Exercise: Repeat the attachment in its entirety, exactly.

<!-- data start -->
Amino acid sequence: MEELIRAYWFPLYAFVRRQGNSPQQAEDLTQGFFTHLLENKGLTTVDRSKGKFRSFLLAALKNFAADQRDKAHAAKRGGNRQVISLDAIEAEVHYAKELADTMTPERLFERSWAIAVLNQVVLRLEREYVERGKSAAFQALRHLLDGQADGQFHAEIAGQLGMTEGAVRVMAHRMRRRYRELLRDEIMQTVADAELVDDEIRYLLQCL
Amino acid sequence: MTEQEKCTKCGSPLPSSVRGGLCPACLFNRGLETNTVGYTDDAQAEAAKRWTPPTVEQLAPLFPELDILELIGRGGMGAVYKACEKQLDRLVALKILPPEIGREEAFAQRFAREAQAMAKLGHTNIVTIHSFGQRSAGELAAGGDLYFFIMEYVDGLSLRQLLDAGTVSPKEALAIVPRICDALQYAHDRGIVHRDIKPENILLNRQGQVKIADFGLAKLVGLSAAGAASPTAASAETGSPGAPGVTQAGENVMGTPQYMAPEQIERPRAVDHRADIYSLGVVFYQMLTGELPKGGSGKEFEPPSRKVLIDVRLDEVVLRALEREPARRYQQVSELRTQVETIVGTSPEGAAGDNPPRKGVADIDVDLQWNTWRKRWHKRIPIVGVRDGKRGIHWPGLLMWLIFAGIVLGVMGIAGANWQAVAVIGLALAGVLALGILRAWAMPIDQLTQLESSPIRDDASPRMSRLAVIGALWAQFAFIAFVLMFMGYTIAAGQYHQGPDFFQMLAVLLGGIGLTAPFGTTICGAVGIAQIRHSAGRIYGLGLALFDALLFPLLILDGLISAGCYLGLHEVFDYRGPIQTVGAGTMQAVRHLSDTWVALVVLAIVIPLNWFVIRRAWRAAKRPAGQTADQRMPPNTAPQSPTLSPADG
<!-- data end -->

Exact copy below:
Amino acid sequence: MEELIRAYWFPLYAFVRRQGNSPQQAEDLTQGFFTHLLENKGLTTVDRSKGKFRSFLLAALKNFAADQRDKAHAAKRGGNRQVISLDAIEAEVHYAKELADTMTPERLFERSWAIAVLNQVVLRLEREYVERGKSAAFQALRHLLDGQADGQFHAEIAGQLGMTEGAVRVMAHRMRRRYRELLRDEIMQTVADAELVDDEIRYLLQCL
Amino acid sequence: MTEQEKCTKCGSPLPSSVRGGLCPACLFNRGLETNTVGYTDDAQAEAAKRWTPPTVEQLAPLFPELDILELIGRGGMGAVYKACEKQLDRLVALKILPPEIGREEAFAQRFAREAQAMAKLGHTNIVTIHSFGQRSAGELAAGGDLYFFIMEYVDGLSLRQLLDAGTVSPKEALAIVPRICDALQYAHDRGIVHRDIKPENILLNRQGQVKIADFGLAKLVGLSAAGAASPTAASAETGSPGAPGVTQAGENVMGTPQYMAPEQIERPRAVDHRADIYSLGVVFYQMLTGELPKGGSGKEFEPPSRKVLIDVRLDEVVLRALEREPARRYQQVSELRTQVETIVGTSPEGAAGDNPPRKGVADIDVDLQWNTWRKRWHKRIPIVGVRDGKRGIHWPGLLMWLIFAGIVLGVMGIAGANWQAVAVIGLALAGVLALGILRAWAMPIDQLTQLESSPIRDDASPRMSRLAVIGALWAQFAFIAFVLMFMGYTIAAGQYHQGPDFFQMLAVLLGGIGLTAPFGTTICGAVGIAQIRHSAGRIYGLGLALFDALLFPLLILDGLISAGCYLGLHEVFDYRGPIQTVGAGTMQAVRHLSDTWVALVVLAIVIPLNWFVIRRAWRAAKRPAGQTADQRMPPNTAPQSPTLSPADG